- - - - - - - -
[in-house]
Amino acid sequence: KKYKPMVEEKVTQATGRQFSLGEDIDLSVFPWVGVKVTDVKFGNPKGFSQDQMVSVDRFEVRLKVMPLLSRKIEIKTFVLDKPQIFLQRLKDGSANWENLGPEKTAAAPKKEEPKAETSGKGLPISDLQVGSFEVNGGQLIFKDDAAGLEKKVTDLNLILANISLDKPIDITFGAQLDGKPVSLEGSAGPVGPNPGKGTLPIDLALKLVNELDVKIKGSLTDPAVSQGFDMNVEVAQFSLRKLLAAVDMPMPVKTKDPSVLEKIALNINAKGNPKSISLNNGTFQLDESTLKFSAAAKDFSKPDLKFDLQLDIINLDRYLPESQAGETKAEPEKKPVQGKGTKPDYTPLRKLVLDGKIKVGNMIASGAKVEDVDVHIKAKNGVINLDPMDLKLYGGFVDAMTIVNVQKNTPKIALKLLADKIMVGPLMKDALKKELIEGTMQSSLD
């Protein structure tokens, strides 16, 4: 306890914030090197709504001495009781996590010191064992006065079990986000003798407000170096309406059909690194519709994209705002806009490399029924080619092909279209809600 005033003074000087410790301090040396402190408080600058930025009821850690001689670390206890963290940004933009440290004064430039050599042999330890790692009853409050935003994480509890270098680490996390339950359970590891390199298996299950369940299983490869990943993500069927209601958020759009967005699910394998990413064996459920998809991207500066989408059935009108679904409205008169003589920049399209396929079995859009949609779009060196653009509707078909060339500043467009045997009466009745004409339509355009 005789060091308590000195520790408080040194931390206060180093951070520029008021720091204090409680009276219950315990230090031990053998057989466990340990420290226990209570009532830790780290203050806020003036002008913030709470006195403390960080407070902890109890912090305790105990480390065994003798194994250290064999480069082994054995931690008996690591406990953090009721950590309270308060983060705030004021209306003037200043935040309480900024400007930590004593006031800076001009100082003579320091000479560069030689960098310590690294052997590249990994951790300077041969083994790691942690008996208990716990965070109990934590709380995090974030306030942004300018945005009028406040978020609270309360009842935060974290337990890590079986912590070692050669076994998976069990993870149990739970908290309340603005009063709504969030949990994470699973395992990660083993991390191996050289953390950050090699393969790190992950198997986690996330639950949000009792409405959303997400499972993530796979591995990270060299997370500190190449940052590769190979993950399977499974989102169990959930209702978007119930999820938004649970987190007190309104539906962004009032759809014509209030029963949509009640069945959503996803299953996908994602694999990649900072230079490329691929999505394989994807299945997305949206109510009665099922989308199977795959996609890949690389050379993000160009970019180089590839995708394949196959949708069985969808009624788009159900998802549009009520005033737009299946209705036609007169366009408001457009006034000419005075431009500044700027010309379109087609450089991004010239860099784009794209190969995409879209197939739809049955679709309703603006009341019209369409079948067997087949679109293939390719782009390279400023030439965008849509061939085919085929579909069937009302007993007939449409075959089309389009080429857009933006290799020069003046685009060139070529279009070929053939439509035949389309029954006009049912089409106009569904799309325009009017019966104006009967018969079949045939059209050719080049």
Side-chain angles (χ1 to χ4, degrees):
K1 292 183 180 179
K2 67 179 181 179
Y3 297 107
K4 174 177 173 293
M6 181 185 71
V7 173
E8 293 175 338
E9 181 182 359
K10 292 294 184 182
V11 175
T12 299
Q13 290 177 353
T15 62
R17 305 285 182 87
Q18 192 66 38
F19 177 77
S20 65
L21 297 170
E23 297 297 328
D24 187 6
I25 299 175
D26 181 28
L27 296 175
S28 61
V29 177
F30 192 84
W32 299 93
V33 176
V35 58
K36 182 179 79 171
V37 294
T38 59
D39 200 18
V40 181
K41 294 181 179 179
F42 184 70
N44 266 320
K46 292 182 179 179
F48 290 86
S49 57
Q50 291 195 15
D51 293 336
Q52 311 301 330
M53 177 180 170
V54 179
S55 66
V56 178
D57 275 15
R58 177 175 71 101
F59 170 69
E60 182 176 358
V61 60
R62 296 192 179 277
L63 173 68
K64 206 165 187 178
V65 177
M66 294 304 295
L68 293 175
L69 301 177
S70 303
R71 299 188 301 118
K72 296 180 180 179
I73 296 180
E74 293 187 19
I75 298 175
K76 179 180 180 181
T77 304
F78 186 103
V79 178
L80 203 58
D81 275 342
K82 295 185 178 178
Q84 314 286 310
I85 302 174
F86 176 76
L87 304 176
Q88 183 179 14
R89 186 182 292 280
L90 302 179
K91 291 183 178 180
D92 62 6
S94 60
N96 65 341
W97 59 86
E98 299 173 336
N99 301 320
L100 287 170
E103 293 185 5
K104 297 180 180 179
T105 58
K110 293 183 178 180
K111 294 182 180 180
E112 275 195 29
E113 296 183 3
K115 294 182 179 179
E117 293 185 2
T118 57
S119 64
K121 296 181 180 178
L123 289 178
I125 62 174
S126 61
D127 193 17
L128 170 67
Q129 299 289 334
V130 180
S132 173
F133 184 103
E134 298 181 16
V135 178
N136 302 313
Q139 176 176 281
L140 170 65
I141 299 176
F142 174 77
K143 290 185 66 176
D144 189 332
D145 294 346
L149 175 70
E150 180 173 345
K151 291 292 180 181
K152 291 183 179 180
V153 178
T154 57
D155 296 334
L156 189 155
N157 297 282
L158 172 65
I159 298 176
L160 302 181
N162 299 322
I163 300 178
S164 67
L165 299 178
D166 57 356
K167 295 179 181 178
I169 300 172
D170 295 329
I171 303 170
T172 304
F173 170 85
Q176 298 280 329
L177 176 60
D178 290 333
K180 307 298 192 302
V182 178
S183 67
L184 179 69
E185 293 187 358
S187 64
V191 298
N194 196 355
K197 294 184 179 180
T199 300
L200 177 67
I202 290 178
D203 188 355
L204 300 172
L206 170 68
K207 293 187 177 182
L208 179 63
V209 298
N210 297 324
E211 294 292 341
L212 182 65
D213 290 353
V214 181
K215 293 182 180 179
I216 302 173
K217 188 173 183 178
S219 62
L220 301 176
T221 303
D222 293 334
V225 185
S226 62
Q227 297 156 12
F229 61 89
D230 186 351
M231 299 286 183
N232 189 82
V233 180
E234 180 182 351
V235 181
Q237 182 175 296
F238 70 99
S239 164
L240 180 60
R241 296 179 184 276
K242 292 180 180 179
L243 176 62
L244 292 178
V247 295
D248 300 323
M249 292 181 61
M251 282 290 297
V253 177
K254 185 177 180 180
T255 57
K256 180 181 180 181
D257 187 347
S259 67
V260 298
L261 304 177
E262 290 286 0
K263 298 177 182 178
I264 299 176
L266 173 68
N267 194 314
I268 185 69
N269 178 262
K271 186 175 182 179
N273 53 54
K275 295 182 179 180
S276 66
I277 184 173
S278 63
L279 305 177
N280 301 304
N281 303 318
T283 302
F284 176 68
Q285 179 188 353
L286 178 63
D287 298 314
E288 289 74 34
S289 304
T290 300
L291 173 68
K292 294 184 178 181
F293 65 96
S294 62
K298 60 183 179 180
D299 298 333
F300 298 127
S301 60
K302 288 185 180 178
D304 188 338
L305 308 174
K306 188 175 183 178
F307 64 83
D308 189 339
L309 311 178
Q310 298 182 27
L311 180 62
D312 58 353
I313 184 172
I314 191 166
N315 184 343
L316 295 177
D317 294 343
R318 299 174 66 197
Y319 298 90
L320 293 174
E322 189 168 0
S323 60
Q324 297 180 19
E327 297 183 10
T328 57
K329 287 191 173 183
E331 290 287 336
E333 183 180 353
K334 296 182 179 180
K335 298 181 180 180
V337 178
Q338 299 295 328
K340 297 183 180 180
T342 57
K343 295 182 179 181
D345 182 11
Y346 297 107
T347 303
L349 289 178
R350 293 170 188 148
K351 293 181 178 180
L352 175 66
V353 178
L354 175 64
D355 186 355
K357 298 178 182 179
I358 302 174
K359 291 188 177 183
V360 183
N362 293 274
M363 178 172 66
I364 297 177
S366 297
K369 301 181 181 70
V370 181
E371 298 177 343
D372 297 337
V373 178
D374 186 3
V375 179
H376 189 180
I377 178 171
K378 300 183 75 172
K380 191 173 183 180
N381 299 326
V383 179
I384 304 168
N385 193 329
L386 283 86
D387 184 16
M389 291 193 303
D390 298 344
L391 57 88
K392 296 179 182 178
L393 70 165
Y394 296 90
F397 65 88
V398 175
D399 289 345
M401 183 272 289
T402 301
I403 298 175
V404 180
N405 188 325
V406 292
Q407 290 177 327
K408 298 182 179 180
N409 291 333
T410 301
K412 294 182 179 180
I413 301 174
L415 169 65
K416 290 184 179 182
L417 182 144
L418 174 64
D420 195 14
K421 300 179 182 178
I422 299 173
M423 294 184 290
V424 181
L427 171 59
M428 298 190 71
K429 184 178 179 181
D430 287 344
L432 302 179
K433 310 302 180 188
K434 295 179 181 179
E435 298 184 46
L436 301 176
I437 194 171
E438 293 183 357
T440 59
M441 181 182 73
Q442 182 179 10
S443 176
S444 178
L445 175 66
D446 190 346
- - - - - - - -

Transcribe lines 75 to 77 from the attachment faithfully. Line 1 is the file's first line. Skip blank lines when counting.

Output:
D81 275 342
K82 295 185 178 178
Q84 314 286 310